The Lawyer Asia Pacific 150 is the only research report to provide a ranking of the top 100 independent local firms and top 50 global firms in the region. The report offers critical review of some of the fastest growing firms and their strategies, a country-by-country guide to leading legal advisers and legal services market trends, plus exclusive insight into the current business development opportunities in the Asia Pacific. Read more
This year, The Lawyer’s annual ranking of the largest UK law firms by turnover is available as an interactive, digital benchmarking tool. For the first time this will allow you to manipulate each data set against the metrics of your choice.
The courts must no longer be run at the convenience of judges and lawyers, and "if they don't like it they can lump it".
That was Labour legal affairs spokesman Paul Boateng's uncompromising message to the joint Law Society and Legal Aid Practitioners Group conference on legal aid, which was held last Thursday.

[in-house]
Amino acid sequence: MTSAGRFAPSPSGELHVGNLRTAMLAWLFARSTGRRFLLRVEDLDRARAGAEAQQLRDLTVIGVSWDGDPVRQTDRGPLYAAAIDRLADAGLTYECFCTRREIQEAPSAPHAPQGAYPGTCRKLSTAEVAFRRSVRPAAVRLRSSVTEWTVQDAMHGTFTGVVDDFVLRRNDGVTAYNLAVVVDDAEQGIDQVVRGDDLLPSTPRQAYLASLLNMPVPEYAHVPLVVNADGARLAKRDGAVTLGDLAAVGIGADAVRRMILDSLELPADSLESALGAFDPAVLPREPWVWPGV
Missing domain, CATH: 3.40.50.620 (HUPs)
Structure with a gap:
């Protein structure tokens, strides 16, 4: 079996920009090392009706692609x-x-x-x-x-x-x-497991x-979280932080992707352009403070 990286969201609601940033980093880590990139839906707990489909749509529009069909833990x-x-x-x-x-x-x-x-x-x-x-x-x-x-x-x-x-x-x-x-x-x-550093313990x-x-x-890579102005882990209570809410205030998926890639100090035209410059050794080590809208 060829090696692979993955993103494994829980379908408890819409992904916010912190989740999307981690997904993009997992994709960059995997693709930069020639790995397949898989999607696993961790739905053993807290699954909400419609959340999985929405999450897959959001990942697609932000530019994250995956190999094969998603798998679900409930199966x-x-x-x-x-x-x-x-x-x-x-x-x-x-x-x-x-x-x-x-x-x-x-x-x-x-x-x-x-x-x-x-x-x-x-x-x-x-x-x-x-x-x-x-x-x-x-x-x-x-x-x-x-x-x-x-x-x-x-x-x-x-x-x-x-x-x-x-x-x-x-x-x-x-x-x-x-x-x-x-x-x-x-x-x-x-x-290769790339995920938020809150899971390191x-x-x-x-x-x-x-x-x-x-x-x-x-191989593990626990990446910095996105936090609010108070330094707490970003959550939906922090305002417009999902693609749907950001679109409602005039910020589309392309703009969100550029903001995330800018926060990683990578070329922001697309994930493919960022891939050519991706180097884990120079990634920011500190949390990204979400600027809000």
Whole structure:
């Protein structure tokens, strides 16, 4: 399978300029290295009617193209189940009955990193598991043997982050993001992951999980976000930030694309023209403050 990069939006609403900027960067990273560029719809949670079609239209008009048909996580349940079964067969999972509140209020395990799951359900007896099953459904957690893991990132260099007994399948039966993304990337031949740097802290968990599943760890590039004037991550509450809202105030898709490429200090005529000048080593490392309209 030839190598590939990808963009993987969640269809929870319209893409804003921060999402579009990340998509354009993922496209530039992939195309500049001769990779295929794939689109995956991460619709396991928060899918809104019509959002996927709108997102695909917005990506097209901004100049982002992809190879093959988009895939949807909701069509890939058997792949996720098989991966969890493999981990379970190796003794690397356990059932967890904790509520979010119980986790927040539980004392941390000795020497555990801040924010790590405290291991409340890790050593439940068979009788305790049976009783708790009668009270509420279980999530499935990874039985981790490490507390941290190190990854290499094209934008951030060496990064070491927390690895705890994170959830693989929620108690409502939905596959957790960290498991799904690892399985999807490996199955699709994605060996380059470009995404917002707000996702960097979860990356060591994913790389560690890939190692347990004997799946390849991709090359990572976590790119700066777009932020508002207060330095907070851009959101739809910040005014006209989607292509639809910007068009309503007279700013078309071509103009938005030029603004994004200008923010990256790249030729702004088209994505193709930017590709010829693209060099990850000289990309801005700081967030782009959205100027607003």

He called on the Law Society to do more to help the consumer who, he said, should come "first and foremost" in the justice system.
His message was echoed by Marlene Winfield, of the National Consumer Council, who called on the Law Society to introduce a quality accreditation scheme for legal aid lawyers.
"The Law Society has been slow to come up with any accreditation scheme, with the result that it has lost control to the Legal Aid Board," she said.
There was widespread disquiet among lawyers at the conference about their future under the Government's planned reforms.
Russell Wallman, head of professional policy at the Law Society, said the proposals for block contracting, as outlined in the white paper, raised serious conflicts of interest, particularly for criminal solicitors, who would be paid the same amount whether the defendant pleaded guilty on first appearance in the magistrates court or not guilty in the crown court.
But Gary Streeter, parliamentary secretary at the
Lord Chancellor's Department, warned delegates that solicitors had better play a constructive role in legal aid reform. "I trust that you will not sacrifice the opportunity to influence change by trying to resist the inevitable," he said.
"It is better to say 'yes, but' and sit down and talk than to shout 'no' from the sidelines and run the risk of being ignored," he added.